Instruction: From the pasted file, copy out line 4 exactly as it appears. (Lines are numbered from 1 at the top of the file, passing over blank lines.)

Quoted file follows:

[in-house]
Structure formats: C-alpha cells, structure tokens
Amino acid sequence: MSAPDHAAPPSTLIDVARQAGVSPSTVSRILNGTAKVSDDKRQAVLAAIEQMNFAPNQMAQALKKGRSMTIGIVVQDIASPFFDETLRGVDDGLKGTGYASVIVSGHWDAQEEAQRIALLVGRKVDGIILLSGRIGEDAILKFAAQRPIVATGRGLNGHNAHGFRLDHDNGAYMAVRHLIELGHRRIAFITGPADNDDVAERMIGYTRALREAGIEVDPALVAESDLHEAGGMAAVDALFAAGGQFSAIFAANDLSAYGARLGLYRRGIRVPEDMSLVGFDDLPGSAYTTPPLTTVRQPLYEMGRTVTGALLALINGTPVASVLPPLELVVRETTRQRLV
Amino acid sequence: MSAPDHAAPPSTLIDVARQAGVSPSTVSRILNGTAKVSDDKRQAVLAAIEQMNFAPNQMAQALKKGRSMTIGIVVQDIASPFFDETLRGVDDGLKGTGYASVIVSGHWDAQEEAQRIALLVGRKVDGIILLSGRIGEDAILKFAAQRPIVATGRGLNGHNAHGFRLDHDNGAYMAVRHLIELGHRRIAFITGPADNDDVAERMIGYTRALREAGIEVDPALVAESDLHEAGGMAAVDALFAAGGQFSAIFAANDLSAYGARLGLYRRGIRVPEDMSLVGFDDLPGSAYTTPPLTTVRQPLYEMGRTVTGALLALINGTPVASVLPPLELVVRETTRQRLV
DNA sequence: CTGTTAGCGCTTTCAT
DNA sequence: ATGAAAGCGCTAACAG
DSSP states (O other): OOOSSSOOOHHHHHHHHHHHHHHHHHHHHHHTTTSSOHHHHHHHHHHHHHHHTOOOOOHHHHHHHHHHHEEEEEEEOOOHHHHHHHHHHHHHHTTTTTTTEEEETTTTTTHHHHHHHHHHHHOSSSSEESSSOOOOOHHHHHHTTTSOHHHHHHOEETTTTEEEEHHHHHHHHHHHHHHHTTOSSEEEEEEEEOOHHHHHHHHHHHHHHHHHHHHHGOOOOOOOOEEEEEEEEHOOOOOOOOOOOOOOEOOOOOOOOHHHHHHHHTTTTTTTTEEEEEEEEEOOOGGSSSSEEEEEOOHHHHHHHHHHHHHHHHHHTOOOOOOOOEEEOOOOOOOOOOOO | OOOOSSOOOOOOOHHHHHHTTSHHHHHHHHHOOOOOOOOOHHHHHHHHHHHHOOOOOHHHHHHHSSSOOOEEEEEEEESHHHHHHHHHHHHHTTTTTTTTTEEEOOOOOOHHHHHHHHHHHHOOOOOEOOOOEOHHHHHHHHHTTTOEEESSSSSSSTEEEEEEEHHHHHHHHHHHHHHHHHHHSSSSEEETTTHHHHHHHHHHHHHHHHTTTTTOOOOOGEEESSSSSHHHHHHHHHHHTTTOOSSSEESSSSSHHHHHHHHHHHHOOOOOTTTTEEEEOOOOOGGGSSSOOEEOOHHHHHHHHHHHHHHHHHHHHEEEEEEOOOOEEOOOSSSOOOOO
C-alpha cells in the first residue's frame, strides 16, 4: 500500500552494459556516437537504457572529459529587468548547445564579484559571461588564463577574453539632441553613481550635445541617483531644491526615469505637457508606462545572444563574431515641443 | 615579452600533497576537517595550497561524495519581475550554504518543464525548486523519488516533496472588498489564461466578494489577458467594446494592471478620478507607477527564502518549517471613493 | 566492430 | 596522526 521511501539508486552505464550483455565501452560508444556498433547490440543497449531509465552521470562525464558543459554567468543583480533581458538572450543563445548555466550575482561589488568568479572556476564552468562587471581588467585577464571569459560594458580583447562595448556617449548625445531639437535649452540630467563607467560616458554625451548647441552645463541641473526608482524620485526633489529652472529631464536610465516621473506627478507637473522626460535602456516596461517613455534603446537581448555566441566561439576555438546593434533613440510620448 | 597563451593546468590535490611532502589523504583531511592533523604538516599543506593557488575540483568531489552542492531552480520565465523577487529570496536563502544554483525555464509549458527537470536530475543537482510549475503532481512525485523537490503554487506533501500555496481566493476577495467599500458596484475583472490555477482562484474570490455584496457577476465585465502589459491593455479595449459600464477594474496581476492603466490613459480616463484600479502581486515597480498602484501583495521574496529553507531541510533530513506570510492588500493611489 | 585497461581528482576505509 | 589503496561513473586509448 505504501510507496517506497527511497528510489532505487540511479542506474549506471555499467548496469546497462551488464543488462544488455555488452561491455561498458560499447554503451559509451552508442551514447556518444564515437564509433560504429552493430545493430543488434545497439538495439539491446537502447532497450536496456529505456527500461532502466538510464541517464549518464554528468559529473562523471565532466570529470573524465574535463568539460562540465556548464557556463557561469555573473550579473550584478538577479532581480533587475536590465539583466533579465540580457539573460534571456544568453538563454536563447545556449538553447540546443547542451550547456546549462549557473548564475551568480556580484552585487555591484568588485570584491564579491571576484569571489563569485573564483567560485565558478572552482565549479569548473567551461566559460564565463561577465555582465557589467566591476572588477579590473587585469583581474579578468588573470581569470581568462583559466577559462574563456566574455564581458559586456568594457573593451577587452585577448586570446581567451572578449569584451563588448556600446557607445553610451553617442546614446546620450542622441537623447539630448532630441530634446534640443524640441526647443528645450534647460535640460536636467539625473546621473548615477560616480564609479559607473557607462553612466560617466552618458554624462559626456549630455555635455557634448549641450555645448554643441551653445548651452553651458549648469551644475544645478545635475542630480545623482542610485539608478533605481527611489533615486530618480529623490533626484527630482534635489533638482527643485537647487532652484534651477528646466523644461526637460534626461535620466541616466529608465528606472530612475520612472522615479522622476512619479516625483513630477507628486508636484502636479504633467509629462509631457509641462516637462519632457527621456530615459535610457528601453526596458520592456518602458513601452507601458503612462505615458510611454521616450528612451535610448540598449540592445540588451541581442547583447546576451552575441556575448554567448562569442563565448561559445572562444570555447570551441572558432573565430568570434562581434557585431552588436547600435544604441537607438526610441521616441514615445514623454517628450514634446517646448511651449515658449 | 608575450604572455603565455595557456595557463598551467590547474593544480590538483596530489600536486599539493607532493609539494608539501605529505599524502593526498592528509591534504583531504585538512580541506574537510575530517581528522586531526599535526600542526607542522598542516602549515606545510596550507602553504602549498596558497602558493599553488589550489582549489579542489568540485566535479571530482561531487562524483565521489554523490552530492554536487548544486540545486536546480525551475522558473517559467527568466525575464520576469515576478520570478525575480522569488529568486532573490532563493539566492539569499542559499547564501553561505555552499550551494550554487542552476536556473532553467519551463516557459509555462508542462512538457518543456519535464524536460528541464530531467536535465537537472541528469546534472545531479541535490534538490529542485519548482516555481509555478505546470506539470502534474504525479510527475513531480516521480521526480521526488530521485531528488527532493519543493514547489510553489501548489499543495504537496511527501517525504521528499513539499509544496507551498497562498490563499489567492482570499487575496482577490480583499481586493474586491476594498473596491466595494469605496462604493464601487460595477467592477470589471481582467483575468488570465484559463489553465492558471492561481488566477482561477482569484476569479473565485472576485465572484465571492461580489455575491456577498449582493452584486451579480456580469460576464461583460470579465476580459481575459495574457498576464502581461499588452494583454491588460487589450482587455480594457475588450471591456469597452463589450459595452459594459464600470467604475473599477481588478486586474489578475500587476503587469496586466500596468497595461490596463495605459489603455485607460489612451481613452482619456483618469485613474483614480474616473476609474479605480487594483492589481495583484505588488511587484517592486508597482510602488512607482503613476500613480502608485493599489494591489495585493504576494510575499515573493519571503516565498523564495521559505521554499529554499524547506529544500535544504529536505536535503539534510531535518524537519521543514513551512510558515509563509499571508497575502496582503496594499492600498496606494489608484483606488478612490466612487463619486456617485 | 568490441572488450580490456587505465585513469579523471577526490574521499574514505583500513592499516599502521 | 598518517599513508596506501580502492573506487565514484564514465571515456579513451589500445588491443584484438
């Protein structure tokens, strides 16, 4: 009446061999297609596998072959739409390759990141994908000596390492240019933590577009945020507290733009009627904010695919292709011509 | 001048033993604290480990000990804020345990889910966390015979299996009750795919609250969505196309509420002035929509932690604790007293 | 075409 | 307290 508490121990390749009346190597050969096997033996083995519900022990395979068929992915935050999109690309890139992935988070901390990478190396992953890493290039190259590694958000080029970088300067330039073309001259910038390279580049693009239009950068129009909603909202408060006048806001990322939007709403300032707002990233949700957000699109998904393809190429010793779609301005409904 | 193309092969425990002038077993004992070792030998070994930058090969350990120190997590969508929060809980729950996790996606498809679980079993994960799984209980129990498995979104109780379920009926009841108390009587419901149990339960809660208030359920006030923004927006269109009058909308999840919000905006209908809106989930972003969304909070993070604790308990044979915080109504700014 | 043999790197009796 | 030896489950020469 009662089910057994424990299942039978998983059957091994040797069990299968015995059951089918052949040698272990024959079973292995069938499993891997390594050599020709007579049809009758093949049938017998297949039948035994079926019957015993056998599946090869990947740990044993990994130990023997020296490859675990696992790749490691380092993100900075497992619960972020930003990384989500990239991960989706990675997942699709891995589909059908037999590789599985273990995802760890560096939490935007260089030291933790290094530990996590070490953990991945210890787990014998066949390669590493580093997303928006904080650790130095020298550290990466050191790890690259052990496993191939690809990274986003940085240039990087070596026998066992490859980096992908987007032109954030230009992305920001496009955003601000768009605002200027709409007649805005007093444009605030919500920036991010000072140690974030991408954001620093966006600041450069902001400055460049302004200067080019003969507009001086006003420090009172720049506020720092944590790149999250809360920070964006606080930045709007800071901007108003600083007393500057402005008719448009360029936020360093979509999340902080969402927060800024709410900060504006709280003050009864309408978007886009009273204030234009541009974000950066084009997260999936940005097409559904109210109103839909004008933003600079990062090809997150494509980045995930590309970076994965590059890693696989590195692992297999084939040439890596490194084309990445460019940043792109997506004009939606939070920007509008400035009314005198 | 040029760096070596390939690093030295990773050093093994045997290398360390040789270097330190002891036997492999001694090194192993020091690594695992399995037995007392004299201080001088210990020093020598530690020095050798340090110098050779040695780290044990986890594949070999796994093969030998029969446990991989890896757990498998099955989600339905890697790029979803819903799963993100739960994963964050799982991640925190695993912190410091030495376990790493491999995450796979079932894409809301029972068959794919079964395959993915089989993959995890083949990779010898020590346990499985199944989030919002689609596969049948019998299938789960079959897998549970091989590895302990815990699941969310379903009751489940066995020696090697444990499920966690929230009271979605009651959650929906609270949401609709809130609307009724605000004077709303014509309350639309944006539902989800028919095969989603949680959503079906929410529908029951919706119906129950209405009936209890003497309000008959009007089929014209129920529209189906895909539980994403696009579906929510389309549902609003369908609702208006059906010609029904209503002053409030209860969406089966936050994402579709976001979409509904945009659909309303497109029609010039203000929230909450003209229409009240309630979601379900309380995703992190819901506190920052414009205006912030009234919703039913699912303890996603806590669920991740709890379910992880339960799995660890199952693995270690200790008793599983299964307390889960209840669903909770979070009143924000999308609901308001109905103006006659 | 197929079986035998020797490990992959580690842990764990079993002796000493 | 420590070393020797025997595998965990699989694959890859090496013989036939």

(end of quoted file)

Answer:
Amino acid sequence: MSAPDHAAPPSTLIDVARQAGVSPSTVSRILNGTAKVSDDKRQAVLAAIEQMNFAPNQMAQALKKGRSMTIGIVVQDIASPFFDETLRGVDDGLKGTGYASVIVSGHWDAQEEAQRIALLVGRKVDGIILLSGRIGEDAILKFAAQRPIVATGRGLNGHNAHGFRLDHDNGAYMAVRHLIELGHRRIAFITGPADNDDVAERMIGYTRALREAGIEVDPALVAESDLHEAGGMAAVDALFAAGGQFSAIFAANDLSAYGARLGLYRRGIRVPEDMSLVGFDDLPGSAYTTPPLTTVRQPLYEMGRTVTGALLALINGTPVASVLPPLELVVRETTRQRLV